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Cadiva

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About Cadiva

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    Landed Knight
  • Birthday February 15

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    Female
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    Yorkshire

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  1. Cadiva

    Lucifer - TV series

    You're not, I love it and I don't care that it only loosely pays homage to Gaiman's original Sandman incarnation of Lucifer and even less of a nod to Mike Carey's more vicious one. Tom Ellis sells it 100% and the show is equally both thoroughly entertaining and occasionally provoking of interesting discussion and argument (or at least over on Digital Spy where we've been discussing it since the show started )
  2. Cadiva

    Fantasy and SF Recommendations: Series

    Farseer without any shadow of a doubt. One of the all time best series of novels in any genre imho.
  3. Cadiva

    How would you rate episode 310?

    I agree. I didn't find anything remotely racist in it. I'd suspect it's more likely the other way round actually. I'm English and found nothing remotely racist in the scene. Exactly my thoughts when I saw it the first time - they've filmed in Morocco, the extras are Moroccans.
  4. Cadiva

    How would you rate episode 310?

    I gave it an eight, it was a good end of season episode in that it tied up loose ends, left some open and created the beginning of new story arcs for next season. The ending was a tad cheesy but had a good cinematic shot and the Mhysa song was beautiful. There were some good individual moments too, Arya's pathway to Braavos beginning, Sam and Maester Aemon, Davos, the reminder about the Ironborn and the reveal of Ramsey (for those who hadn't already twigged and aren't book readers). I thought the scene with Roose and Walder was off though, it felt out of place and out of character for Bolton to be "crowing" like Frey was. I suppose it was there for the exposition of what had gone on at Winterfell for those none book readers who may not have made the connection yet. I was "glad" to see they'd used Robb/Grey Wind because that was one of the defining images for me from the books, extreme in its cruelty and sense of petty viciousness, although it was so damn dark in the lighting that they might as well not have bothered! I was surprised by the lack of supernatural elements in the final episode though but I can see why they'd chose to end with Dany and her freeing of the slaves and capturing of Yunkai. You get the feeling she's going somewhere and then Meereen happen. I did think we'd get UnCat but I can see them wanting to keep that as the big shocker for the start of Season Four. I was also surprised they went with Jaime arriving in KL before the Purple Wedding, wonder what they're going to do there. Absolutely loved Twyin schooling Joffrey though, Jack Gleeson is such a talented young guy.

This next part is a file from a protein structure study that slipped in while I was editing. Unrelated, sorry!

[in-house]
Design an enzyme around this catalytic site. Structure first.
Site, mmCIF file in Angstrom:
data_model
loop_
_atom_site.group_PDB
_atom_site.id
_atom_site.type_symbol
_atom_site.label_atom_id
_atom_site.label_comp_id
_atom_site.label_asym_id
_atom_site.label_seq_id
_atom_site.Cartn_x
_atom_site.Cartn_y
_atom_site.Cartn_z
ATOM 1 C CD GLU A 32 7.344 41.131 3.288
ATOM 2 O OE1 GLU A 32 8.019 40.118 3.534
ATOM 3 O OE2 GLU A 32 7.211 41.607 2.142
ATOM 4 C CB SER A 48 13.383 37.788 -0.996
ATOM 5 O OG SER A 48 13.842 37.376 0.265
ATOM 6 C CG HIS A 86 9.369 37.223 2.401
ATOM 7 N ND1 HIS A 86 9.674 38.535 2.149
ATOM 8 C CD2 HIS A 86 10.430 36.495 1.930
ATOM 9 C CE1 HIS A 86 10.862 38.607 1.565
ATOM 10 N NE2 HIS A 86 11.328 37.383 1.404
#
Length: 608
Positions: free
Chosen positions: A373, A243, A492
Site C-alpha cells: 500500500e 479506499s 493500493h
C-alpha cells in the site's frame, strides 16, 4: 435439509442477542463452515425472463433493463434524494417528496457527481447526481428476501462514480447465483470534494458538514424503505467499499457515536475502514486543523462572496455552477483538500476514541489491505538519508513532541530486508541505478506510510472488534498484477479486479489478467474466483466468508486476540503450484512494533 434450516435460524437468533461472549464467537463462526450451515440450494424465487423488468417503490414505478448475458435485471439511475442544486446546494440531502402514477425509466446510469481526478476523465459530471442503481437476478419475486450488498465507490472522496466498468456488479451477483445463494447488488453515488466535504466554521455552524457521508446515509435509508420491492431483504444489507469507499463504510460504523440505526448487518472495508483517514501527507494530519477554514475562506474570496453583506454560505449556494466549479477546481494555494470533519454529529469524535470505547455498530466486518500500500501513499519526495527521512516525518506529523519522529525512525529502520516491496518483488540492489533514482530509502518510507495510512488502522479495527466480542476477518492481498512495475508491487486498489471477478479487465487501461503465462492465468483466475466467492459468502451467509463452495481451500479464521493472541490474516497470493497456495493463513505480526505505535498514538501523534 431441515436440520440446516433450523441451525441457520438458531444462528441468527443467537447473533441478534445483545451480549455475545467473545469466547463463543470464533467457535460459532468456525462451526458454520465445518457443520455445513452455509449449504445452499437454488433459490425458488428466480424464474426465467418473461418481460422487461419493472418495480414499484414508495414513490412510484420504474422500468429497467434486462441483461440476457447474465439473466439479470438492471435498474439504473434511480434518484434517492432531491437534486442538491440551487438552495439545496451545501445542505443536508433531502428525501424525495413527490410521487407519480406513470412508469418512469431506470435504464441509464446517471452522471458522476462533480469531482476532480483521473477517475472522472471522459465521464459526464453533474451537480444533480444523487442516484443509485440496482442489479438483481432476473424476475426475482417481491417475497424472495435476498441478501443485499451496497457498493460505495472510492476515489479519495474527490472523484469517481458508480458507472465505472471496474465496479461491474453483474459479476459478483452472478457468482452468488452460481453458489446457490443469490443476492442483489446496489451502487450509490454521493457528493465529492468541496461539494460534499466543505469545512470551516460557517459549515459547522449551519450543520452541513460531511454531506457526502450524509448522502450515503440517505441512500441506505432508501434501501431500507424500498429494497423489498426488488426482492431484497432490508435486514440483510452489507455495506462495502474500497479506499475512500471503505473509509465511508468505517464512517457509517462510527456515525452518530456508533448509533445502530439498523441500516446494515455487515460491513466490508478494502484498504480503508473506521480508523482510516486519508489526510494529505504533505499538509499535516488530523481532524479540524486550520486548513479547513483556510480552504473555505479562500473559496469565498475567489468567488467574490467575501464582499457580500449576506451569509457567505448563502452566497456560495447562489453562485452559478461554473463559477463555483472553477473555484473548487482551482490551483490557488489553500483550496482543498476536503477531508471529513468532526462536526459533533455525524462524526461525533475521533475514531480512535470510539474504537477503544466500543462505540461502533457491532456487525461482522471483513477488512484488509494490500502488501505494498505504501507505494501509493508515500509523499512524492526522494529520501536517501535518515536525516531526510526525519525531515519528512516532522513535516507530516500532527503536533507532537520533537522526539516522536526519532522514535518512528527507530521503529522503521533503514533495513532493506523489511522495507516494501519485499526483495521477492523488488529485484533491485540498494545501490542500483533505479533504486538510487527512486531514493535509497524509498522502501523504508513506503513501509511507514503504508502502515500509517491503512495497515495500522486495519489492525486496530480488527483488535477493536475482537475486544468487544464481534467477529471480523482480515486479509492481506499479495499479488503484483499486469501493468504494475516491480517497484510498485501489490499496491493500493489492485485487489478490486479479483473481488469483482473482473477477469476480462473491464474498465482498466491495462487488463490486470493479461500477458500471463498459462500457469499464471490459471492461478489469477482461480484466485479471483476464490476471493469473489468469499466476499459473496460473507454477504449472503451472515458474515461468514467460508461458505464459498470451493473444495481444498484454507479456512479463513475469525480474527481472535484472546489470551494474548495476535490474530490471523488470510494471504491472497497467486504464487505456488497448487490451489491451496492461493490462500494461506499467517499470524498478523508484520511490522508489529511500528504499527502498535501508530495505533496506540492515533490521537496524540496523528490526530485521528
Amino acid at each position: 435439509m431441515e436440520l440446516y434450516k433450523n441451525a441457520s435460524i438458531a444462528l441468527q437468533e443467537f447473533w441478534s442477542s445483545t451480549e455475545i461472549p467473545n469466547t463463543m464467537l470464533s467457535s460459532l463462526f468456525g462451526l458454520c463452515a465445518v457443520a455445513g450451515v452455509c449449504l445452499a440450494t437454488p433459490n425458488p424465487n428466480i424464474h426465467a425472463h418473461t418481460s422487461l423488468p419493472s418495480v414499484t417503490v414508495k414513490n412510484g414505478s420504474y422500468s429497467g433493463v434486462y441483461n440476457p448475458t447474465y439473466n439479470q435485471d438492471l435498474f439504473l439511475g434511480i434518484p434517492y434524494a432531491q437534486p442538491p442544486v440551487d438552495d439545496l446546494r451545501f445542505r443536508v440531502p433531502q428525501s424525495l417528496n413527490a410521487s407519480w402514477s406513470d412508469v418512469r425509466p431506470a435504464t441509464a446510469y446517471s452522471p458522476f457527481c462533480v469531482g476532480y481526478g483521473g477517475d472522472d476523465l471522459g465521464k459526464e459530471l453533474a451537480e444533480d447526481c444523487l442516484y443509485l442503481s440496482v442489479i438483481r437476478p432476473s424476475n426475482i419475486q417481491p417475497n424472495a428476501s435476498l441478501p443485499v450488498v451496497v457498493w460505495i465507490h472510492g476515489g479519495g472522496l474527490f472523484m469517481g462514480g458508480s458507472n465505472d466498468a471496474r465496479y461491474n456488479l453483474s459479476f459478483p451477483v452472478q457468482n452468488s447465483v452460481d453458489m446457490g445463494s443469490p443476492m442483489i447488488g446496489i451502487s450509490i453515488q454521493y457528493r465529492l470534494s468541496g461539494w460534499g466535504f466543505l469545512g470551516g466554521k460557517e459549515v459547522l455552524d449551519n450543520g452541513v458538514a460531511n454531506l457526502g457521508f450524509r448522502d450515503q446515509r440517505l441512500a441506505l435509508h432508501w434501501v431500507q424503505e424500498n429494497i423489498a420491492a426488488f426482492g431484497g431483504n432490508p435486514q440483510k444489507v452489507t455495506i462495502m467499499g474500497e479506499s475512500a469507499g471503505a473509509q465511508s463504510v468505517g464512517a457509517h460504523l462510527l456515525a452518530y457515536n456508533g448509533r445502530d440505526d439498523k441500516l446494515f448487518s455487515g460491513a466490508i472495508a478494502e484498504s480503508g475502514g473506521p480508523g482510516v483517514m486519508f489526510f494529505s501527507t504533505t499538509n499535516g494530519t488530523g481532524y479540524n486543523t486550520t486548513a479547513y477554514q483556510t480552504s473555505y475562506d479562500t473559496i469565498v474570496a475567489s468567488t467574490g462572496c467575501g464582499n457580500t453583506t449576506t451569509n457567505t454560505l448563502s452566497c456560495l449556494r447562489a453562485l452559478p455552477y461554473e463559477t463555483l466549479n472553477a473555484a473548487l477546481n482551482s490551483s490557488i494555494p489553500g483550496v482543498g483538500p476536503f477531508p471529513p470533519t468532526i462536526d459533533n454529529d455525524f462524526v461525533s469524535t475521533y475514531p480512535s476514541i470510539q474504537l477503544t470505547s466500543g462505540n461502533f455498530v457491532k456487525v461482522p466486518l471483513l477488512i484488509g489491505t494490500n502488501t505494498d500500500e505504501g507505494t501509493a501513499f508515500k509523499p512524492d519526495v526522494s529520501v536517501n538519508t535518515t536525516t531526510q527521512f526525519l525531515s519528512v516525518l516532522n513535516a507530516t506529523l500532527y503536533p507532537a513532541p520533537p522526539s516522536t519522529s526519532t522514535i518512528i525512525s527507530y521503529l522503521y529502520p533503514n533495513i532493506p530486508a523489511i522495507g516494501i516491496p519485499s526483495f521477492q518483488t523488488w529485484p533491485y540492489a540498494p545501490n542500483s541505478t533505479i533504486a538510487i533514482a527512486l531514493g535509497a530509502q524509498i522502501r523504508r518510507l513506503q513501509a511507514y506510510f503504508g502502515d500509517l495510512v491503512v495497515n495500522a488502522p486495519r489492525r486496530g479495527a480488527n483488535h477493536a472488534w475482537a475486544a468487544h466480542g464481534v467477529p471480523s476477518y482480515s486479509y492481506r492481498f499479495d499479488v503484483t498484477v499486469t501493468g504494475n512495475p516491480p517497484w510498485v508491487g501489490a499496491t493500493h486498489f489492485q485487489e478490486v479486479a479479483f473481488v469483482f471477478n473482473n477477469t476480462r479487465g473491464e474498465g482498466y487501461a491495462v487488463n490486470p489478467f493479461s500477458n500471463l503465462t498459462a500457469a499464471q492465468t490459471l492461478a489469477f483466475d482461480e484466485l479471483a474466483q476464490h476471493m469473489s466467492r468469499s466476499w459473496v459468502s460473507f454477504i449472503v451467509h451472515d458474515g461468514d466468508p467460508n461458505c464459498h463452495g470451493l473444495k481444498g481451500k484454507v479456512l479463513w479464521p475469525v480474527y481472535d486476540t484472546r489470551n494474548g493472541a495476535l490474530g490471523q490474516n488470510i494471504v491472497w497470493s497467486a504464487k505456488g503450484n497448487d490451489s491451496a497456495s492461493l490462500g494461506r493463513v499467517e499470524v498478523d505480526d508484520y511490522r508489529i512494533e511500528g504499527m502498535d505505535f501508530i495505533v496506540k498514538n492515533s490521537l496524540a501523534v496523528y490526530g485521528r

5. No it's perfectly to term, pregnancy takes 40 weeks but anything over 38 is usually considered term and anything over 40 is late (says she who had her baby after being induced at 41+3).
  6. I've always thought the "moral" of ASOIAF (obviously up to book five only) was - shit happens, deal with it. I mean, GRRM's not made any secret of how much he's inspired and fascinated by the brutality of the feudal medieval society, the Wars of the Roses in particular, and that the good guys don't always win and sometimes you just have to put up with the lesser of two evils. I think that's what he's driving at throughout the books. Honour is personal to the circumstances in which someone is being tested on theirs. No-one would say Jaime's behaviour as the "Kingslayer" was honourable but his actions actually were the lesser of two incredible evils and he's had to live with the repercussions of that ever since. Ned's honour is that he thinks everyone should be treated fairly and that he expects everyone else to follow the same rules as he does, it costs him his life. Robb's honour is to offer to marry a girl he's slept with during a period of insane grief and following a fairly debilitating illness, it costs him his life. Varys' "honour" seems to be to Westeros as a whole, surprising considering his upbringing and background, but so far he's managed to steer that course while also carrying out some pretty unpleasant things along the way. And plenty of people do just that, or the modern equivalents. It's as endemic in the world today as it was during the middle ages. It's human nature (for some).